The Second Quarter of Hip Hop's Golden Age

August 11, 2016

(Certainly a good time to parphrase Rakim and say that "it's been a long time, I shouldn't have left you, without a strong blog to step too ..." Now. let's get back to what we do best.)

 

In the first installment, I proposed that we consider the four Eric B. & Rakim albums as the four quarters of the Golden Age of Hip Hop. While definitive time parameters for the Golden Age are elusive, I propose that for the sake of this series, the parameters be the time following Run DMC's Raising Hell through Dr. Dre's The Chronic, a span from roughly 1987 - 1992.  Something else to consider, that like any era, the Golden Age contains phases which I will modestly label: The Ascent, The Mountaintop, and The Descent.  Eric B. & Rakim's second album, Follow The Leader, is that moment when gathering oneself after ascending but seconds before actually standing on the mountaintop.

 

1988 ~ Follow The Leader

 

It could have been fairly expected that the duo would undergo the dreaded sophomore slump - when a second album fails to live up to the acheivement of the first album. With Eric B. & Rakim, there would be no sophomore slump. Follow The Leader was an improvement, a growth, an evolution from Paid In Full.  Such an evolution is a testimony to their artistry because topping Paid In Full seemed so unlikely that it is not far-fetched that some would have deemed it impossible.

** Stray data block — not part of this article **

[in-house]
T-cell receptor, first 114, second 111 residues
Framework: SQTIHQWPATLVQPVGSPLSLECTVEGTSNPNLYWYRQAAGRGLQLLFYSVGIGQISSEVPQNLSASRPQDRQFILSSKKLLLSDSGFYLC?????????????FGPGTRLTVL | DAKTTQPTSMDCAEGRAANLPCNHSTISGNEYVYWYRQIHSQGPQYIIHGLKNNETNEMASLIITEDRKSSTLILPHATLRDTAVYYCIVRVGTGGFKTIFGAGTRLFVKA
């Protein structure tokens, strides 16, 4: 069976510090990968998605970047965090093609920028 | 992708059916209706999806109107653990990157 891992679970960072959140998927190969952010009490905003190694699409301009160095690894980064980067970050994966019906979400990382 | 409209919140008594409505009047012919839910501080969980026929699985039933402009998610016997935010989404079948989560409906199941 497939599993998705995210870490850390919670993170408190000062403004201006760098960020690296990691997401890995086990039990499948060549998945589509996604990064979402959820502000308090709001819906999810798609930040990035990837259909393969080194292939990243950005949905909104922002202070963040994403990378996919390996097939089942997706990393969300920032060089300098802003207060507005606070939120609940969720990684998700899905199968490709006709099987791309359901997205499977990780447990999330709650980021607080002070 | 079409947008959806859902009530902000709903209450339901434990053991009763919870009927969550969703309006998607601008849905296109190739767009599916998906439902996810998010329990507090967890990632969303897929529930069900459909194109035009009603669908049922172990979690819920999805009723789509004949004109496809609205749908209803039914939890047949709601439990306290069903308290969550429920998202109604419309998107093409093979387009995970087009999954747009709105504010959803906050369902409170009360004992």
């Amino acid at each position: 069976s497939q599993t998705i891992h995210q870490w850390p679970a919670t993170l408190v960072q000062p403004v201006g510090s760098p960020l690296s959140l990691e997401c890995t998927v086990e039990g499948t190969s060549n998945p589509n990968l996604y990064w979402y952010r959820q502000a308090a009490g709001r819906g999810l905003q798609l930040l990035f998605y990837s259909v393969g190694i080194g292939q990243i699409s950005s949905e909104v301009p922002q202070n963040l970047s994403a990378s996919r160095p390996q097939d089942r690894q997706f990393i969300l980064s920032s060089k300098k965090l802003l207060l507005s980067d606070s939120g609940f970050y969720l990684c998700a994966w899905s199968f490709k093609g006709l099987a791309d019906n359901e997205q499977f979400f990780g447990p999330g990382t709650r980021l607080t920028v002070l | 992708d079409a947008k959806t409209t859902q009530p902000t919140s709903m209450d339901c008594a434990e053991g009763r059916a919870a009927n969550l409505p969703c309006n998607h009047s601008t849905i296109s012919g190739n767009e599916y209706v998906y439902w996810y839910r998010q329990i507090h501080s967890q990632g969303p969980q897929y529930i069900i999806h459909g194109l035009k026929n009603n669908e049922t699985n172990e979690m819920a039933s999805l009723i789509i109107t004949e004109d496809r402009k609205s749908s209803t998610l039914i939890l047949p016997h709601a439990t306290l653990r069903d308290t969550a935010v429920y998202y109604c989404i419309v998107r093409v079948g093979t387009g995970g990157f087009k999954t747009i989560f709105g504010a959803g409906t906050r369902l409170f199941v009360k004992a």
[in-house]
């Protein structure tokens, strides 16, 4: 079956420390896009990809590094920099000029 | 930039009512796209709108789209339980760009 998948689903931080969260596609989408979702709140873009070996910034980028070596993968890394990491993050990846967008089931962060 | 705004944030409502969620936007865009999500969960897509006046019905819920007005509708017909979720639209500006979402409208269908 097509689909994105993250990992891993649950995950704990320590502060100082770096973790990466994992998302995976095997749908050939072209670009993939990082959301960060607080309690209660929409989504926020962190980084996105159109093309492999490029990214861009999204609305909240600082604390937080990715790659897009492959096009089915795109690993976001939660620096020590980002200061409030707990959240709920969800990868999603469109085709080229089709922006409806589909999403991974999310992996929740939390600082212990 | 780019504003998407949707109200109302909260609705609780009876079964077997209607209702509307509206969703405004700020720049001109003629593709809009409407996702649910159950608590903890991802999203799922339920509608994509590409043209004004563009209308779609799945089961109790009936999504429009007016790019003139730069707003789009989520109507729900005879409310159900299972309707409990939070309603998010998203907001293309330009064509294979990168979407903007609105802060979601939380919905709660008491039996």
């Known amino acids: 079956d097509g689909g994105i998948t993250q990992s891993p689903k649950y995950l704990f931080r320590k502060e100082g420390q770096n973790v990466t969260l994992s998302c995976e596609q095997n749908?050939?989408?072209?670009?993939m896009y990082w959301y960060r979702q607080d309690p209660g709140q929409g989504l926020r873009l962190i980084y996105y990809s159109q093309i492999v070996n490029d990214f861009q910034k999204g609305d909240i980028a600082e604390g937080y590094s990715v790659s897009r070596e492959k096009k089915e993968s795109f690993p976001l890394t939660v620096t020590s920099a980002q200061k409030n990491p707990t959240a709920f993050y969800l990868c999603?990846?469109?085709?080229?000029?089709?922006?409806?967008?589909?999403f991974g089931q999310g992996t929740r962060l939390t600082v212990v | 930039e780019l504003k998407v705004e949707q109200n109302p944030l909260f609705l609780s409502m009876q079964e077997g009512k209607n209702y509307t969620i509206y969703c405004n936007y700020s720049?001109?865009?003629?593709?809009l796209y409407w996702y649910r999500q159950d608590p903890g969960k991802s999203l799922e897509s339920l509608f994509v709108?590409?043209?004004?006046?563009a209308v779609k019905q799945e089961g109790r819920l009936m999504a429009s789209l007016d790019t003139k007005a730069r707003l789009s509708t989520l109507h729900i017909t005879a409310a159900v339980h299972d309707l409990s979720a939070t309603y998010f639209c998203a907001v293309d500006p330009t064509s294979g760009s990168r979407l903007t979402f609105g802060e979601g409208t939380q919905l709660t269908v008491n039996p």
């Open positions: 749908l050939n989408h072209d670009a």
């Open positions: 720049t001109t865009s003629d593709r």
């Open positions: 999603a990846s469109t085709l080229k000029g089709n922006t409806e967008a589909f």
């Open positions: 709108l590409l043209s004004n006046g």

That is, until they saw the video for the lead single: 

The video begins with Rakim seated at the head of a table, while the actors are not portrayed as hip-hoppers, the notion that Rakim is at the head of the game is easily established. The beat lends to feelings of suspense that can only be resolved through the balm of Rakim's lyrics. Lyrically, the song struck me immediately. After a few listens, I realized that the song doesn't have a chorus. Instead, Rakim spits fire and evokes vivid imagery with his vocabulary and storyline. For example, every time I hear the following bars, I can picture them in my mind:

 

So follow me and while you're thinking you were first
Let's travel at magnificent speeds around the universe

What could you say as the earth gets further and further away
Planets as small as balls of clay
Astray into the milky way, worlds out of sight
Far as the eye can see not even a satellite
Now stop and turn around and look
As you stare in the darkness, your knowledge is took
So keep staring, soon you suddenly see a star
You better follow it, cause it's the R
This is a lesson if you're guessing and if you're borrowing
Hurry hurry step right up and keep following the leader

 

Let's revist those bars. Essentially, the listener is hearing Rakim rhyme and like some type of intergalatic angel (perhaps the Silver Surfer), Rakim transports the listener through space. They travel so far away that Earth shrinks due to the distance and subsequently disappears. Keep in mind, that the listener can only stay alive because the "god" on the mic is keeping them alive. Or perhaps when they recongnize that the rhymes have carried them to galaxies beyond their comprehension, the listener becomes terrified and overcome with fear. Everything they thought they knew is rendered obsolete. They are hopeless. Until brilliant star emerges to enlighten the darkness. The R (Rakim) is that star, the source of light, our Hip Hop hope.